Research summary: Going Dutch

Law, D. (2016). Going Dutch: Higher education in the Netherlands. Perspectives: Policy and Practice in Higher Education, 20 (2-3): 99–109.

Aim:

  • Outline policy issues currently faced by Dutch universities; identify similarities and differences with the UK situation.
  • ‘What happens in Dutch HE must be of interest to policy-makers in the devolved nations of the UK because we are close neighbours and we have similar challenges.’

Data & methods:

  • ‘observational and interrogative’ report focusing on four universities (University of Amsterdam, VU Amsterdam, Leiden University and Delft University of Technology), which the author visited as part of a Study Tour undertaken by members of the UK Association of University Administrators (AUA) in November 2015

Results:

  • The number of UK students taking degrees at Dutch institutions was approx. 2,600 in 2014/15 (compared to 24,000 German students, 7,000 Chinese and 3,000 Belgian)
  • Universities receive funding based on performance, e.g. number of first-year students enrolled, number of degrees awarded
  • Historically, Dutch universities ‘have been comparatively well funded’ in terms of spending per student compared to average for member states of the Organisation for Economic Cooperation and Development (OECD), but between 2008 and 2014 ‘funding in real terms was relatively stable’ while student numbers increased by 13%, leading to a squeeze on resources such as teaching staff, which can’t be alleviated by increasing tuition fees. This led to the government replacing maintenance grants with a loan system as of 2015/16.
  • In February 2015 student unions and an organisation of students and staff called ‘The New University’ demonstrated against the government’s plans, occupying the Senate House at the UvA.
  • One fear was that Dutch universities were following in the footsteps of ‘recent British experience’ where Tony Blair’s Labour government introduced tuition fees of £1000 in 1999 and this rose to £9000 in a decade. Another concern was the introduction of ‘microbullying’ through publication targets, teaching evaluations, etc. etc.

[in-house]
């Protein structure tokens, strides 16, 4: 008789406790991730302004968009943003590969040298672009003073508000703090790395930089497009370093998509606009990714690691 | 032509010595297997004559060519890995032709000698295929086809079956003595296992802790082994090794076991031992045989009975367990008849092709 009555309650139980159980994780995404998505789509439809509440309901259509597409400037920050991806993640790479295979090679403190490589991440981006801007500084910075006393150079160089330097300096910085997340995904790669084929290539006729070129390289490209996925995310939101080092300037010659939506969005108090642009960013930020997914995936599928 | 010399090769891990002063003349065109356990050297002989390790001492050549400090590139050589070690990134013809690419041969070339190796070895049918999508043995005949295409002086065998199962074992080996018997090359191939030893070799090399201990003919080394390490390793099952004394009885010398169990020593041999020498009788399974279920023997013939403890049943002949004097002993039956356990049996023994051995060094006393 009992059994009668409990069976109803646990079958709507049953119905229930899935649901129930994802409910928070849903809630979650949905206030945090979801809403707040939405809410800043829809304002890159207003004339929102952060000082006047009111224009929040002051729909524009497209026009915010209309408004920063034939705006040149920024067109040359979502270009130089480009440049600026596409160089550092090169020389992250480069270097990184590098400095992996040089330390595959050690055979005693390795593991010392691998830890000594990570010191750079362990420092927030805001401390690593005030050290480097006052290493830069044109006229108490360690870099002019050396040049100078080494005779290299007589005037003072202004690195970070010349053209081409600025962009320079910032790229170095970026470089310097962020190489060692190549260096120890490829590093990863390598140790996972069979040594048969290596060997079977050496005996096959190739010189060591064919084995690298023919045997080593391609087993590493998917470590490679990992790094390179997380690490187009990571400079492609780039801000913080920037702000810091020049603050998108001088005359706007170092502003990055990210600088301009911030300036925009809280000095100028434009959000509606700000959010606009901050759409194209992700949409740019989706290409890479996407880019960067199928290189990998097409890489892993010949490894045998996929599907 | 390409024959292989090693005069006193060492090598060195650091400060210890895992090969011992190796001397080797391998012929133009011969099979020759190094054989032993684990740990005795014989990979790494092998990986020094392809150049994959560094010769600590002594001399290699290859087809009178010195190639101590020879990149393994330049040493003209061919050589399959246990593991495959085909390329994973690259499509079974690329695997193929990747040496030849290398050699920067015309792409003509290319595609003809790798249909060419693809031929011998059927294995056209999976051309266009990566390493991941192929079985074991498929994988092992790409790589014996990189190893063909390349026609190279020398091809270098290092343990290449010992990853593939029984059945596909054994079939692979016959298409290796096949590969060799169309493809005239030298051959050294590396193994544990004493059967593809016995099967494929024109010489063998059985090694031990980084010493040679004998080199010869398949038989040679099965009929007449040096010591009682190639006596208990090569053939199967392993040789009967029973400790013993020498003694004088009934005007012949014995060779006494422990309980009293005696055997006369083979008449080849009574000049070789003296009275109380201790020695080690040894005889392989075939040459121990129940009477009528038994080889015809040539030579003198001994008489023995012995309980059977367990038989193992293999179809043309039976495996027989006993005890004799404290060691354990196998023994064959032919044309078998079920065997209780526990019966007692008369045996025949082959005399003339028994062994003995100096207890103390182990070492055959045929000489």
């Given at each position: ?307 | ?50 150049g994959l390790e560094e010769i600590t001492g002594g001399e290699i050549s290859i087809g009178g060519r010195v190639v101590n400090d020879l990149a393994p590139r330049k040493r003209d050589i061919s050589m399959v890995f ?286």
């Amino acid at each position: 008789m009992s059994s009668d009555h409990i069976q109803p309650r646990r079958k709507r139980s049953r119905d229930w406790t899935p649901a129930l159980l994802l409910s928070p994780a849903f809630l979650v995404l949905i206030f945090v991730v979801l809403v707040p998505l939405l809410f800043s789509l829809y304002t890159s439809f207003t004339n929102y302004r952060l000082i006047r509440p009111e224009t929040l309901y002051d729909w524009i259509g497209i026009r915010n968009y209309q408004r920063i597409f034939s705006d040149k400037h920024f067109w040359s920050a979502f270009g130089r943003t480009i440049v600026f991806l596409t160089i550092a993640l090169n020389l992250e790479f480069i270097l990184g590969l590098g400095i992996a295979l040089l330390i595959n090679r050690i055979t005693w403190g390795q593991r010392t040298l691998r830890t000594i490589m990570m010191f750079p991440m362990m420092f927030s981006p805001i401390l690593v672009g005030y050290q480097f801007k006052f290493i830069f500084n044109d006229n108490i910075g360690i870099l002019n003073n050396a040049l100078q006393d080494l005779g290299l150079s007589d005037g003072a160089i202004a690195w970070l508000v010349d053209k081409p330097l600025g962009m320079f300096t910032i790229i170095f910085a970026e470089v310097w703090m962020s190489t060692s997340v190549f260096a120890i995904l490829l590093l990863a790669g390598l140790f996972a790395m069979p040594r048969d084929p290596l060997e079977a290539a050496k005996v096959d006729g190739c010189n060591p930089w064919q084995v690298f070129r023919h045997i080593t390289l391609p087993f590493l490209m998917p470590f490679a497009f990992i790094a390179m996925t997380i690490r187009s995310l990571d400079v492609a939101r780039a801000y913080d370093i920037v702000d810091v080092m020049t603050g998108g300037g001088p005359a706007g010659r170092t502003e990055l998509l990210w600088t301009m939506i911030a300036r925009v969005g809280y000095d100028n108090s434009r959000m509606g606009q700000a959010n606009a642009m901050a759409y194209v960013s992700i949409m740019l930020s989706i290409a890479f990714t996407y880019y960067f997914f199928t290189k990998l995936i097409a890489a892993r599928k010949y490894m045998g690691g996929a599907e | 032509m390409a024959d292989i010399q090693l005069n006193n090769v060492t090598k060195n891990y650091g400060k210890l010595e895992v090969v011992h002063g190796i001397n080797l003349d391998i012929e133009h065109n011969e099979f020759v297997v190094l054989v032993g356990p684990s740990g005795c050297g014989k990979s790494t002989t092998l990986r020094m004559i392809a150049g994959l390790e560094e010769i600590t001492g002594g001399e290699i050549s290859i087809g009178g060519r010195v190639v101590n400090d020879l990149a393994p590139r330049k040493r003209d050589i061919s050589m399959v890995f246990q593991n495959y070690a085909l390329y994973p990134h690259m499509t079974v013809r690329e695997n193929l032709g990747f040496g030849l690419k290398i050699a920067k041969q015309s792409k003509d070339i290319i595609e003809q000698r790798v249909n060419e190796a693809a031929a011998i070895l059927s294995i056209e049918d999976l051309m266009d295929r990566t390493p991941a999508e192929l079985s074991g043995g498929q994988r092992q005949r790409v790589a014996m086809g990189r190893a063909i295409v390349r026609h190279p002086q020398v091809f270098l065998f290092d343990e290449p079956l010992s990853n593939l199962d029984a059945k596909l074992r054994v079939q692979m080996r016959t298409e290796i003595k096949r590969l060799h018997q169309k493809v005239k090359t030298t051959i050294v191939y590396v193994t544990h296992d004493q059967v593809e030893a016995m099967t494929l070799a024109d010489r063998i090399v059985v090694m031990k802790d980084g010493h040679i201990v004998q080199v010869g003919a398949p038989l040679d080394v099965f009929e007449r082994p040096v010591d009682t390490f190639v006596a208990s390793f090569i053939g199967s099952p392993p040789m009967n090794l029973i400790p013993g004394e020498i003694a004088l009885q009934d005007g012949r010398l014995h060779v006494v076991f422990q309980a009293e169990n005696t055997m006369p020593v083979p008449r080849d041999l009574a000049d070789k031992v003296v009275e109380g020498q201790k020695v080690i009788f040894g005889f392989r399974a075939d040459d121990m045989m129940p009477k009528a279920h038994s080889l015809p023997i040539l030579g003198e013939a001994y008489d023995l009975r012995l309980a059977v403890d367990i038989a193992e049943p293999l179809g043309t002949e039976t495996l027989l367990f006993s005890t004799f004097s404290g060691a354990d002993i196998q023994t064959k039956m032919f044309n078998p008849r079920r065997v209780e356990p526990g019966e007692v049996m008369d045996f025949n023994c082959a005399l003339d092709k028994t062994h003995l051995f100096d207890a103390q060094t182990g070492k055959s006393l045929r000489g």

• The response by UvA administrators seemed ‘conciliatory’. Their ‘willingness, at the most senior level, to distance the University from government is not something that we [Britons] are used to.’
  • But the path of Dutch universities, the author says, differs from that of British ones: ‘the discussions we held in each of the four universities left members of the team with a sense of contrast between the two systems and not convergence’
  • g. The external peer-review process Standard Evaluation Protocol (SEP) has similarities to the UK’s Research Excellence Framework (REF). ‘However, there is much more flexibility compared with REF in the UK. Scientific and societal ‘impact’, research policy and management are taken into account, but the results of the SEP … are not used by the government or a central funding body to distribute cash’. Further, recent changes to the SEP ‘will give more emphasis to the societal impact of research and less emphasis on the number of publications’.

Conclusions:

  • ‘The Dutch system is less influenced than the English by neo-liberal ideology’
  • The Dutch government ‘has been much less persuaded of the merits of the market than the UK government’ and privatisation of HE institutions is less pervasive in the Netherlands
  • ‘In general, the UK has a more market-driven system that fosters competition rather than collaboration.’ Dutch universities collaborate well with one another and with other continental institutions, and this is ‘very much part of the internationalisation agenda for Dutch HE. By contrast university administrators in the UK ‘are so concerned to address the internationalisation of HE by looking beyond Europe [that] they seem to forget the advantages of working with European institutions’
  • Internationalisation is approached ‘through a sociocultural discourse, rather than through economic analysis’ [no examples were given so it’s not entirely clear to me what this means!]
  • The Dutch and UK HE systems have some similar strengths and weaknesses but in recent years the political response by their respective governments has differed: Dutch universities are still mainly funded from the state budget ‘whilst in the UK, the state budget has become the source of loans to students to pay most of their tuition costs’.
  • At the Dutch universities under consideration, ‘There was no visible contradiction between being innovative and being state-funded.’

Reader tips: which paper on English in Dutch higher education should I summarise next? Leave a comment!

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